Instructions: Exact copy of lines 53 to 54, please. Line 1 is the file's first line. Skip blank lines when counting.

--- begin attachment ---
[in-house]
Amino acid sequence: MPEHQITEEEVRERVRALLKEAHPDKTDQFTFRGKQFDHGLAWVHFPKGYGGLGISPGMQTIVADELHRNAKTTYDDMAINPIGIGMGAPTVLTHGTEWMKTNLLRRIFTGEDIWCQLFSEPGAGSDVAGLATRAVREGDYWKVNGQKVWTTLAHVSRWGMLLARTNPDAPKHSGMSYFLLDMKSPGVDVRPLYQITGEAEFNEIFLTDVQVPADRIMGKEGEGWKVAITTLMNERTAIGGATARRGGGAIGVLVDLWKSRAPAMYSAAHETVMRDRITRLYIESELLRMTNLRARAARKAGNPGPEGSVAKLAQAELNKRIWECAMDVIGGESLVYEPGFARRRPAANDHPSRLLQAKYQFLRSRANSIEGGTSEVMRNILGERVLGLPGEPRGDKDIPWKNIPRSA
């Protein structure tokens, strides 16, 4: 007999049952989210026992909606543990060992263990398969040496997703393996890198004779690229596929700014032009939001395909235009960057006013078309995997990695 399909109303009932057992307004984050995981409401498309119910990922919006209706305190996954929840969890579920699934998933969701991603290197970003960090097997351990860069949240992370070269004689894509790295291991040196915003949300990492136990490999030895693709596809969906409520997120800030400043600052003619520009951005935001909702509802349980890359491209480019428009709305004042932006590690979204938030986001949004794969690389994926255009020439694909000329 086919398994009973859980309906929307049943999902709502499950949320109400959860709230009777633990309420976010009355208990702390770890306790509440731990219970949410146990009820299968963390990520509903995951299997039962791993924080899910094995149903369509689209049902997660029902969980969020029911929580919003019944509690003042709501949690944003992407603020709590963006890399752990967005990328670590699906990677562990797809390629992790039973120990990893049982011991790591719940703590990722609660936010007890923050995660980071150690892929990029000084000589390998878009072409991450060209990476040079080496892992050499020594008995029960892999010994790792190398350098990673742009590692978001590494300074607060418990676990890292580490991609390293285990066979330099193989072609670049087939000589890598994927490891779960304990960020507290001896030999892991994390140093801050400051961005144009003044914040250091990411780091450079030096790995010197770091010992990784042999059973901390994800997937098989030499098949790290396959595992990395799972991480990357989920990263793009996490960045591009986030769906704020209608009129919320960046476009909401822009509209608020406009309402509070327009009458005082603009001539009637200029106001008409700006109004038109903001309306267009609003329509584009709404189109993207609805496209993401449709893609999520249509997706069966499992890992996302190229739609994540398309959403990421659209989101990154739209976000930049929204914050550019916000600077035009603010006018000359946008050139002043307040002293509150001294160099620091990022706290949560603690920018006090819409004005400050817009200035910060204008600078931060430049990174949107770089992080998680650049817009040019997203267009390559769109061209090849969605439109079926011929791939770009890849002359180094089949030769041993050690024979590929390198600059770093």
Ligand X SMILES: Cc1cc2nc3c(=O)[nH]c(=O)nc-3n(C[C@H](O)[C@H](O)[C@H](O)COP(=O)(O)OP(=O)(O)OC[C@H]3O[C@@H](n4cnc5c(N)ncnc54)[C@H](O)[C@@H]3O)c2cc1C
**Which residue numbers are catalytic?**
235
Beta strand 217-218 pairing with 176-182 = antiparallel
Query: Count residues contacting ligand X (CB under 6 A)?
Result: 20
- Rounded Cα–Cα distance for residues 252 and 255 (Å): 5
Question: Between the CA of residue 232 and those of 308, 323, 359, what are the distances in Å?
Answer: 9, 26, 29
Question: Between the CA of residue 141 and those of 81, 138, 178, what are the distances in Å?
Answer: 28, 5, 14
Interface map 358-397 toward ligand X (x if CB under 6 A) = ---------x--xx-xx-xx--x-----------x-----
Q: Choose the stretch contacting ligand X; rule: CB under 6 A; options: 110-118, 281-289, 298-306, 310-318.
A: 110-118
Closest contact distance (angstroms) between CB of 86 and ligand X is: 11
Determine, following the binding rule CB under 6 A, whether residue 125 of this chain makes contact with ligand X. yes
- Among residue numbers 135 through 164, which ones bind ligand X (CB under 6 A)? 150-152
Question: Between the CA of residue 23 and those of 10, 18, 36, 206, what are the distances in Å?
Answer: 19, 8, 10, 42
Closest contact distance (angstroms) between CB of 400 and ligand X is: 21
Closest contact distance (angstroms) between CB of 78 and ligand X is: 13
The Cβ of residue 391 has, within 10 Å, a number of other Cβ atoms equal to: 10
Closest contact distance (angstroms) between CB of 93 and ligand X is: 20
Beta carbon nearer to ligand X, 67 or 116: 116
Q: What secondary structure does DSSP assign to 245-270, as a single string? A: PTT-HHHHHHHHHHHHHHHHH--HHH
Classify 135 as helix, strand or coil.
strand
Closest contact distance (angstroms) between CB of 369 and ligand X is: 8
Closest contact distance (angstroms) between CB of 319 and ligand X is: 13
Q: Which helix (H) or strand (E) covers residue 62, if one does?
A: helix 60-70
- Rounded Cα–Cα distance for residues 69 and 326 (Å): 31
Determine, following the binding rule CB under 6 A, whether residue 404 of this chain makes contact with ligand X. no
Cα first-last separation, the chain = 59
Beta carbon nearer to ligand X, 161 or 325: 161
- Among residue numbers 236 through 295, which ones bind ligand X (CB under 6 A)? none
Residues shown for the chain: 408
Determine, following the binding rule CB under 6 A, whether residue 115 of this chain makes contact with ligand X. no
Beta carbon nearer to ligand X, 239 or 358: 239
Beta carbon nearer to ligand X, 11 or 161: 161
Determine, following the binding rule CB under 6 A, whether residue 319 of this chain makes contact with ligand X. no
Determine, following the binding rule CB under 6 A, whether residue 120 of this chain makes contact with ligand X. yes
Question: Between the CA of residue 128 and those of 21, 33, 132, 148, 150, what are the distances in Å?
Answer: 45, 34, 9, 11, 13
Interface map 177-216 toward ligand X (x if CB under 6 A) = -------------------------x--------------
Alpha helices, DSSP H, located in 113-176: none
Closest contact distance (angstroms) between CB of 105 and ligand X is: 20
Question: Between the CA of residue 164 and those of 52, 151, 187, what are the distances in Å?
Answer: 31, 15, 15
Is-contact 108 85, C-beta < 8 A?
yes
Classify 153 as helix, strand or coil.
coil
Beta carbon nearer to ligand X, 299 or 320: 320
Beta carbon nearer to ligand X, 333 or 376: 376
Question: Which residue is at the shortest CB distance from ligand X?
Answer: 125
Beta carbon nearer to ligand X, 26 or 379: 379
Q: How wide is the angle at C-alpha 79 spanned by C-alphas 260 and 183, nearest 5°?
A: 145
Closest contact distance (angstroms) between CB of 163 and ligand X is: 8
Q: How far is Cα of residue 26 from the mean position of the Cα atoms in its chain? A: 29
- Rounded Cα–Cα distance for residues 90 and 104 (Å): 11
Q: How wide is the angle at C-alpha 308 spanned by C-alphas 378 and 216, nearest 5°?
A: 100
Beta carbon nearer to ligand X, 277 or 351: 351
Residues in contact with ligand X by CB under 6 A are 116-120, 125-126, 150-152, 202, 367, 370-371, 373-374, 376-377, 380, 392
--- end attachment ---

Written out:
Is-contact 108 85, C-beta < 8 A?
yes